Syllabus Policy and Templates

A.  Introduction

While a syllabus is an essential component of good teaching, student learning, and outcomes assessment, it is also a guide used in the resolution of conflicts that may arise between students and their instructors. While a faculty member has great flexibility in the design and content of a syllabus for a course, core information should be found in every syllabus for courses offered at CU Denver.

B.  Policy Statement

  1. All faculty members must have a current syllabus for each course and must provide a syllabus to students at the first class meeting of every course. For details (including recommended boilerplate statements), please see the appended CU Denver Syllabus Template.
  2. By census date of each term, all faculty members must provide their Dean’s office with updated electronic copies of the syllabi for all courses they are teaching that term. The campus record retention schedule requires syllabi to be retained by the instructor until no longer needed for reference.

CU Denver Syllabus Requirements

  1. Course Overview and Course Information
    1. Campus location (Denver or Anschutz Medical Campus) Academic School/College
    2. Course title (official ISIS title), number, prefix, and section designation. Indicate if the course is part of the undergraduate core. Here is a listing of all core courses.
    3. Semester/term and year
    4. Class meeting day(s) and time(s)
    5. Catalog description and any additional information including requisites.
  2. Basic Instructor Information
    1. Instructor’s name (including co-instructors and/or teaching assistants)
    2. Instructor’s office location (building and room #)
    3. Instructor’s contact Information (phone number(s) and email address(es))
    4. Instructor’s office hours and statement of availability (for face-to-face, hybrid and online courses)
  3. Course Goals/Outcomes
    1. Overall learning objectives
    2. Major topics
    3. Rationale (instructor’s statement relating course content to student’s academic or professional growth, etc.)
  4. Evaluation
    1. Requirements (papers, oral reports, projects, quizzes, tests, final exams, etc.), including points, deliverables, and due dates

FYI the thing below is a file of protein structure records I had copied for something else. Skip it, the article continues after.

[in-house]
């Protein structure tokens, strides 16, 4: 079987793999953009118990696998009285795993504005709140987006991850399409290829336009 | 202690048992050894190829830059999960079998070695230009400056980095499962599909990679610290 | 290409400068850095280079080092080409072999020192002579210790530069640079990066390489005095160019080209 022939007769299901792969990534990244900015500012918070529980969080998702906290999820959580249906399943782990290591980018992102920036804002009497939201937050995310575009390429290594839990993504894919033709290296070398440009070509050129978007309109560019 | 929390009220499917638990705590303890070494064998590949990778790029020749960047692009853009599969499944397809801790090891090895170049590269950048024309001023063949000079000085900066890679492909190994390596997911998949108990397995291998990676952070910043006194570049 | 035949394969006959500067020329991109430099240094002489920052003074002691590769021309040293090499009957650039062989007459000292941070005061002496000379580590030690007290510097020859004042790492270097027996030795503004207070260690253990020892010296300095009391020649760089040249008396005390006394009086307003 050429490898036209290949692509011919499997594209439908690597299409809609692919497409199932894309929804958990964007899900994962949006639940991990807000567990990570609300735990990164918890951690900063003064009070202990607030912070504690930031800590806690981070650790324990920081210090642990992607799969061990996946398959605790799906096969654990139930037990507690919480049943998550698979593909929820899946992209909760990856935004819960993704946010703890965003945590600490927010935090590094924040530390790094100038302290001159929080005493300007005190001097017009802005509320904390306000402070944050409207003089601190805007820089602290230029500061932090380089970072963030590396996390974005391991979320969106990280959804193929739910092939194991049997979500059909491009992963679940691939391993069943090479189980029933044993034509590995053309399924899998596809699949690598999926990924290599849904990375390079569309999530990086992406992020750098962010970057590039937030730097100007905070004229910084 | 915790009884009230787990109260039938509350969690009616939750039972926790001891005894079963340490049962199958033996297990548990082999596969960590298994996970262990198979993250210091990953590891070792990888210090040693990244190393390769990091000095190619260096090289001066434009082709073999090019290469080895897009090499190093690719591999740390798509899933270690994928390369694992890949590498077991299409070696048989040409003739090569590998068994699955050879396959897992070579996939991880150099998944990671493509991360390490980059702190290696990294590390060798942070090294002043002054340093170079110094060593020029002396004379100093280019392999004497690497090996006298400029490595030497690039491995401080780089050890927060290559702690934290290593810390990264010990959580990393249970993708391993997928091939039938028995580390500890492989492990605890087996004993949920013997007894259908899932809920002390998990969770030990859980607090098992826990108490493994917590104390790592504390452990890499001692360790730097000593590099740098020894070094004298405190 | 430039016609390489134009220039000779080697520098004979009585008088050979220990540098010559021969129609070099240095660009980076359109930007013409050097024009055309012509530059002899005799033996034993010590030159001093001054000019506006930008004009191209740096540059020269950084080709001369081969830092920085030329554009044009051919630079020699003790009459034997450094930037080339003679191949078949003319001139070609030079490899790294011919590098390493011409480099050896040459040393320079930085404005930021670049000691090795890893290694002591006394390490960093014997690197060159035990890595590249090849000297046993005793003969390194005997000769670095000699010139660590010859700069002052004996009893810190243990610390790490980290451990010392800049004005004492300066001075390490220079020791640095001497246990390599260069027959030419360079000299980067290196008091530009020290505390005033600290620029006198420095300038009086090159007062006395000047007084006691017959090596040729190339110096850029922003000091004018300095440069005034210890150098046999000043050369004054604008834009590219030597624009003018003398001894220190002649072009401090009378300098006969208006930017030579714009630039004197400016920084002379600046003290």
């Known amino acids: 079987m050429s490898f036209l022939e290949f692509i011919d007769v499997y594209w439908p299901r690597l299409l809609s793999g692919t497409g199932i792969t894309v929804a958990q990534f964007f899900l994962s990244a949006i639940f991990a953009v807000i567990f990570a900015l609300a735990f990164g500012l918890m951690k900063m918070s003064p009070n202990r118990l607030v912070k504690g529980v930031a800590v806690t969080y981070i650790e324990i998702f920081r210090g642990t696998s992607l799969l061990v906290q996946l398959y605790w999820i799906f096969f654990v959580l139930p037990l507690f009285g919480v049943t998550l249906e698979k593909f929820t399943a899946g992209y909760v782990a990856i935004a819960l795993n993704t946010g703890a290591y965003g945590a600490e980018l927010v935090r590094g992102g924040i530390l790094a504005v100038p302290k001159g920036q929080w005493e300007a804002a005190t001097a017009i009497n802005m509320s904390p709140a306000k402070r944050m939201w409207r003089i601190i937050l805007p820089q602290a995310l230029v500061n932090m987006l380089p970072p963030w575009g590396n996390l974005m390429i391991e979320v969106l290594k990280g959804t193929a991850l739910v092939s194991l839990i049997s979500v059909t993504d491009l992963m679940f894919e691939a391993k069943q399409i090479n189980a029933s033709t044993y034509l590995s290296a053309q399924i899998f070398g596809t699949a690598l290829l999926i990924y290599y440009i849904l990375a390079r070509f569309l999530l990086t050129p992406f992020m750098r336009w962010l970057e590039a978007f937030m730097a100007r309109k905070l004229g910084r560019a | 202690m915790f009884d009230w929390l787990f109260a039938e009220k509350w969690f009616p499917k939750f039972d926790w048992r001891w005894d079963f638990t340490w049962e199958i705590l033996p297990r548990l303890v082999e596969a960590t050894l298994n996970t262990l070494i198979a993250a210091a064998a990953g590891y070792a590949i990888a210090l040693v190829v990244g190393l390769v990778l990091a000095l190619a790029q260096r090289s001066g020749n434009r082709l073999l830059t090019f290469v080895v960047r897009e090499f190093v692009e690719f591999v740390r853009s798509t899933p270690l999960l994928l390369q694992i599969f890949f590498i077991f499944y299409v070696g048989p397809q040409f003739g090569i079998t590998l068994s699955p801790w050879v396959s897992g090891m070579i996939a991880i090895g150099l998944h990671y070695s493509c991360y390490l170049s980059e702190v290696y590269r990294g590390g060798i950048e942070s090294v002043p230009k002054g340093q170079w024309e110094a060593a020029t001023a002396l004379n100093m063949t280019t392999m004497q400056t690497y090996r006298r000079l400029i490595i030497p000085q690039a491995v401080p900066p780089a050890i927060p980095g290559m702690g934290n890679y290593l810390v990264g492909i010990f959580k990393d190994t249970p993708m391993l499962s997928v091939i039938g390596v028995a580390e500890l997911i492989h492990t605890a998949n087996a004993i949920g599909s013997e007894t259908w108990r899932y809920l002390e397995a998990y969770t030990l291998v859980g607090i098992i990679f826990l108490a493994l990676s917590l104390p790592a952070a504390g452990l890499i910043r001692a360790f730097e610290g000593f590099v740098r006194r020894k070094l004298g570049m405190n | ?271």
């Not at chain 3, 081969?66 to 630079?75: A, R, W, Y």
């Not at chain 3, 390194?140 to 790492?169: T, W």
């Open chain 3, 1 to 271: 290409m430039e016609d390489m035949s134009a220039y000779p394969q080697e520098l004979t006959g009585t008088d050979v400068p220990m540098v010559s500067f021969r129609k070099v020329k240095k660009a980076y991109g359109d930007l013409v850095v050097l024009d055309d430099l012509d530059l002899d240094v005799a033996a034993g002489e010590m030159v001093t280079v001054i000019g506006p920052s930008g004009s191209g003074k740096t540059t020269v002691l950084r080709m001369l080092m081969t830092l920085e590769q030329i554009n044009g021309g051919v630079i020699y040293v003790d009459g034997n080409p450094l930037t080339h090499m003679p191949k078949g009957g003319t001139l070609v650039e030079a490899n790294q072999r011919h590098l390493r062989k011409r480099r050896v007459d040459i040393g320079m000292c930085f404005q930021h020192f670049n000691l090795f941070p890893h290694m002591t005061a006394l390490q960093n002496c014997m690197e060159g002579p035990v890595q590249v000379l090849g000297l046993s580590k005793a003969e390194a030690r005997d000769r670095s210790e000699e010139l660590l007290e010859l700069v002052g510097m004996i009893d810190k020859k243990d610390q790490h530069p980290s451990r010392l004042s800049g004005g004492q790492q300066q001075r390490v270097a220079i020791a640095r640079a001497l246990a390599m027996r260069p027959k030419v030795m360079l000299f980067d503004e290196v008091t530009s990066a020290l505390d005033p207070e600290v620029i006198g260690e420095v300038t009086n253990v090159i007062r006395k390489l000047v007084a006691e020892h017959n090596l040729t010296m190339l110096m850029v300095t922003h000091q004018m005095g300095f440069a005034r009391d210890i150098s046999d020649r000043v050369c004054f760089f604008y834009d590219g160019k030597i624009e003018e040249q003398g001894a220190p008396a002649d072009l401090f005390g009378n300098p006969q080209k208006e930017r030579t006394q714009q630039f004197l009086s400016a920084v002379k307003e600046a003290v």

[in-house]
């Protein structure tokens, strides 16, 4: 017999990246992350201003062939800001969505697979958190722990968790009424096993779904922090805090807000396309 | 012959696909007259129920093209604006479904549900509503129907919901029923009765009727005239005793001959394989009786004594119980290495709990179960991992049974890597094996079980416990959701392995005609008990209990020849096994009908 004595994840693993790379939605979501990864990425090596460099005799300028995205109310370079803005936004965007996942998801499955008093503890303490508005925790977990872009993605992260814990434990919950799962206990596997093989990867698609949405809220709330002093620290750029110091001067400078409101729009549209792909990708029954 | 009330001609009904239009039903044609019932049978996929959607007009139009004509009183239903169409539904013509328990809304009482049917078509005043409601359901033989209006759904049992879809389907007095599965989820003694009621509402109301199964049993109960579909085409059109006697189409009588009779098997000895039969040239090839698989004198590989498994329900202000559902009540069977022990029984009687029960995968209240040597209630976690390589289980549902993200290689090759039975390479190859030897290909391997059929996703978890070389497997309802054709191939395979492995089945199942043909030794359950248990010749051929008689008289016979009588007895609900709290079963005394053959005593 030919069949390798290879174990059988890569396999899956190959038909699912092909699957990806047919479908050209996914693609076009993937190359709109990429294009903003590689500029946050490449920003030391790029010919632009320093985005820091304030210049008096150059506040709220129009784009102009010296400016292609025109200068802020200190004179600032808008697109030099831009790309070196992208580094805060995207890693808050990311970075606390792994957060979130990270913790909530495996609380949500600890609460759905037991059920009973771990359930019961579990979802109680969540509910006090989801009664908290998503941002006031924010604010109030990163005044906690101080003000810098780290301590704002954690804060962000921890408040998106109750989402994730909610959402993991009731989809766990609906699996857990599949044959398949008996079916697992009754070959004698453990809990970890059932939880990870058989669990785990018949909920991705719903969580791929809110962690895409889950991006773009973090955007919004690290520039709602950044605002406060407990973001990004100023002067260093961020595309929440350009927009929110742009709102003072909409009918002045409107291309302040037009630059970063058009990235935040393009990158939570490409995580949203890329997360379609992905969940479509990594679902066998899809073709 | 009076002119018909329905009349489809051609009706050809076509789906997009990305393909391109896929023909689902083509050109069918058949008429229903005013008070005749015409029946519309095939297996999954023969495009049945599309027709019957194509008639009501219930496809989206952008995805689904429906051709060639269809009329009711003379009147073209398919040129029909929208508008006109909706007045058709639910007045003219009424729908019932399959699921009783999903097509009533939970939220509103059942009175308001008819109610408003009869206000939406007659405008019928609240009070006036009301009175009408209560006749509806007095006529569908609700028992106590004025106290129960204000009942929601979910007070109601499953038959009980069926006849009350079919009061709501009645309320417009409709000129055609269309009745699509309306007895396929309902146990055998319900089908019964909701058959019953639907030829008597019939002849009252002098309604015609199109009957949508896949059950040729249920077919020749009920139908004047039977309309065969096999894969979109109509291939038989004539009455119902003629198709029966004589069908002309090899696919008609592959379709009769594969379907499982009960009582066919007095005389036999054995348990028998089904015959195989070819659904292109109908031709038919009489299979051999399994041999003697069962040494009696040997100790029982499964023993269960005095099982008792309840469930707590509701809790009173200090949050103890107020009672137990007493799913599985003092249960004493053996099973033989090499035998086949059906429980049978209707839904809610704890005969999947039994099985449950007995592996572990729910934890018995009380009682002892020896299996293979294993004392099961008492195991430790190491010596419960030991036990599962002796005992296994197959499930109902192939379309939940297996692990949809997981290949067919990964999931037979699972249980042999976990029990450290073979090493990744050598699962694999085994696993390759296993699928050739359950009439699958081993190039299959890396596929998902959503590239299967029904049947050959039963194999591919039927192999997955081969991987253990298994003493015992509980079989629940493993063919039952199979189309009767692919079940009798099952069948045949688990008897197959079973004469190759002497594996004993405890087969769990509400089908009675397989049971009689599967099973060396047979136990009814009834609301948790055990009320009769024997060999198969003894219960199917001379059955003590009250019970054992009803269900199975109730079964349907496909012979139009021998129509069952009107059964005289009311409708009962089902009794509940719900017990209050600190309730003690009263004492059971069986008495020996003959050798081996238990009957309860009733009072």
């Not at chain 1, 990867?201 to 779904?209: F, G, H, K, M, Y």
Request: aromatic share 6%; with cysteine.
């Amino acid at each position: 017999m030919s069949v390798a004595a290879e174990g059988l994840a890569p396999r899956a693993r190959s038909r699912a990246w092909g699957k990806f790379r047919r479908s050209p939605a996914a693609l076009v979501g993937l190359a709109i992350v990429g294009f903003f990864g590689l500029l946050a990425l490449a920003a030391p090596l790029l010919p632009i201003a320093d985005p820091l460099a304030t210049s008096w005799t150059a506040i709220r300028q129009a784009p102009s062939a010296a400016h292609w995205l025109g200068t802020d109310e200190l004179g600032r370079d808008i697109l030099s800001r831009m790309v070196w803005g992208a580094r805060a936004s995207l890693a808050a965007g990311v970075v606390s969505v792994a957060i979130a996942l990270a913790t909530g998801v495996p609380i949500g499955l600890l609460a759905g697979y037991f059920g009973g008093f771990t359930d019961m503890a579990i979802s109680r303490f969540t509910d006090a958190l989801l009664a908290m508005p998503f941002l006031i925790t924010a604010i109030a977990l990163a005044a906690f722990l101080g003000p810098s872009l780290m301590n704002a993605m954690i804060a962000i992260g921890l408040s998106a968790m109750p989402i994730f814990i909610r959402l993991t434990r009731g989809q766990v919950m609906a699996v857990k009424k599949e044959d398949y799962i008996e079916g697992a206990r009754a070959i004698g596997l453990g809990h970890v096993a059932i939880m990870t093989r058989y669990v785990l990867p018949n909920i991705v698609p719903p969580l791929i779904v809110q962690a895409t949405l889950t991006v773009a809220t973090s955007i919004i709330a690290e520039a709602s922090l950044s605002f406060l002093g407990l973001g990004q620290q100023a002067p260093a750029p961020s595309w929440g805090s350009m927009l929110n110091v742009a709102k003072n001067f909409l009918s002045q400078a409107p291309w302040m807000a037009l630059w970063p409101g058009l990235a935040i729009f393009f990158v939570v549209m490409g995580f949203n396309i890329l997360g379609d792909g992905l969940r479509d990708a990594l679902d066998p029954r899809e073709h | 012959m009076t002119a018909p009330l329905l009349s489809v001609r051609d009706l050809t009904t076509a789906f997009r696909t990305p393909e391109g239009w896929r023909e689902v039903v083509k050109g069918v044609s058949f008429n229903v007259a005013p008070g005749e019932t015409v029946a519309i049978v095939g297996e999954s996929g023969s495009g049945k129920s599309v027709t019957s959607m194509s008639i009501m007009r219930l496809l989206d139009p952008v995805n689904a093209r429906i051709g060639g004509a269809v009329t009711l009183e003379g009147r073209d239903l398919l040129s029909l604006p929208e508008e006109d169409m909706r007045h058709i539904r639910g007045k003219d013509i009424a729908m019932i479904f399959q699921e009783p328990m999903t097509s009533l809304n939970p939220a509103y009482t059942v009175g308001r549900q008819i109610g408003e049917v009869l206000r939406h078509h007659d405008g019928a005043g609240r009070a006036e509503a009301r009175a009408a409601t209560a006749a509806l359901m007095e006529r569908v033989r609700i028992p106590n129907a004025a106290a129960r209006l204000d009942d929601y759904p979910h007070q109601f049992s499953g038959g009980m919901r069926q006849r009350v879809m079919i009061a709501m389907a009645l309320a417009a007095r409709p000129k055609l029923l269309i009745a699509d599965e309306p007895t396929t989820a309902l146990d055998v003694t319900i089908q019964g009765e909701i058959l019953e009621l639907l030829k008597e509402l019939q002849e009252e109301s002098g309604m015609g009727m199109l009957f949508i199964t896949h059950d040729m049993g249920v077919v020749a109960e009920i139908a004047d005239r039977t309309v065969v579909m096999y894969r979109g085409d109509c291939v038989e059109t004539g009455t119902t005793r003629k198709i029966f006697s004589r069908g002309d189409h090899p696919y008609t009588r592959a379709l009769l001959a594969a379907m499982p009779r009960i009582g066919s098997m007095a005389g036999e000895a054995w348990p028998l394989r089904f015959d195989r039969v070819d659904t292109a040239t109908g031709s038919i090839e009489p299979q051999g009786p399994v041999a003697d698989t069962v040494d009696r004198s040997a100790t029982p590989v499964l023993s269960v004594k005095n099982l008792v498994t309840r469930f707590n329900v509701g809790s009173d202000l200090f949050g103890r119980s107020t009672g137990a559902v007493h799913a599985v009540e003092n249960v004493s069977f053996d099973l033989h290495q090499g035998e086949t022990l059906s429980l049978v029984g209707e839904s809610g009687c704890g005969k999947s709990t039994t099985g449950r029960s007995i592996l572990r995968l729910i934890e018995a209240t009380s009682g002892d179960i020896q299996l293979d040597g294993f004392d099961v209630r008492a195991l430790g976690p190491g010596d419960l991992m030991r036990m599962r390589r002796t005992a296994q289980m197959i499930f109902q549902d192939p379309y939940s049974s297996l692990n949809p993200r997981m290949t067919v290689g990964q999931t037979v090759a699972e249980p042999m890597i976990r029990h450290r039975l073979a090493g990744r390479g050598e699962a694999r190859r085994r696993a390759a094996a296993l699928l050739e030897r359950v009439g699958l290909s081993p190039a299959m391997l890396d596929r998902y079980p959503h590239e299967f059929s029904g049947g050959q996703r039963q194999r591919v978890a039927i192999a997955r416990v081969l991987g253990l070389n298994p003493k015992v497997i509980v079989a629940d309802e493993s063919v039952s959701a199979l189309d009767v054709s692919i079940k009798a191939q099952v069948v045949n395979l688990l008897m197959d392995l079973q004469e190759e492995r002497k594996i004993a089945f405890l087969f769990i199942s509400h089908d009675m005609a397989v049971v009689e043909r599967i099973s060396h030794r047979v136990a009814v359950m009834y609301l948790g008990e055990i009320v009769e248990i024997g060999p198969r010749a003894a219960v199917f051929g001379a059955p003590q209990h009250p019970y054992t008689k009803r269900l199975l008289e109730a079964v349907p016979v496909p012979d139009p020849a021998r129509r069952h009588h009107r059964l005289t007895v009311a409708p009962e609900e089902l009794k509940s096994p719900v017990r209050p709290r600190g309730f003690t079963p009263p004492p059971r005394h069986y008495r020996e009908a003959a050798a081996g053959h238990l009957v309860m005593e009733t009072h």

2. Instructor’s grading policy
    3. Instructor’s attendance, participation, and late-work policies. If attendance is part of a student’s grade, details in writing are mandatory as lack of information may become the source of student complaints and appeals.
    4. If the course is a “slash” undergraduate/graduate course, differing outcomes, assignments requirements, and evaluation metrics for graduate students must be articulated to distinguish them from undergraduate outcomes, assignments, requirements, and metrics.
  5. Syllabus Revisions
    1. In general, syllabi should not be changed once the semester begins, though unforeseen circumstances may lead to changes. Students should be notified in a timely manner in writing (via email/Canvas, etc.) of any changes to the syllabus.
  6. Course Procedures
    1. Materials (required as well as recommended texts, equipment, software, and supplies)
    2. Course calendar/schedule (may include appropriate links to CU Denver academic calendar)
    3. Course-related (and/or School/College-related) policies and procedures, (with appropriate links) such as attendance, late work, incompletes, communication, participation, notification of changes
    4. Research/library-related skills needed for successful completion of course.
    5. University wide policies that are relevant to the syllabus:

C. Appendix: Syllabus Template

Note: This syllabus template is provided as a model for providing clear expectations for student academic success. This template is designed to help instructors offer students the essential information they need at the onset of the course. A complete and professional syllabus helps to establish a relationship between faculty and students as it sets the tone for the course: communicates when, when and how students will learn; makes clear to students what they need to do in order to be successful; communicates expectations in terms of student responsibilities; and deters misunderstanding about course policies. In addition to the categories provided here, instructors at other institutions have included other optional information (e.g. Educational Opportunity Programs; Title IX/Sexual Harassment; Ombuds Office, etc.).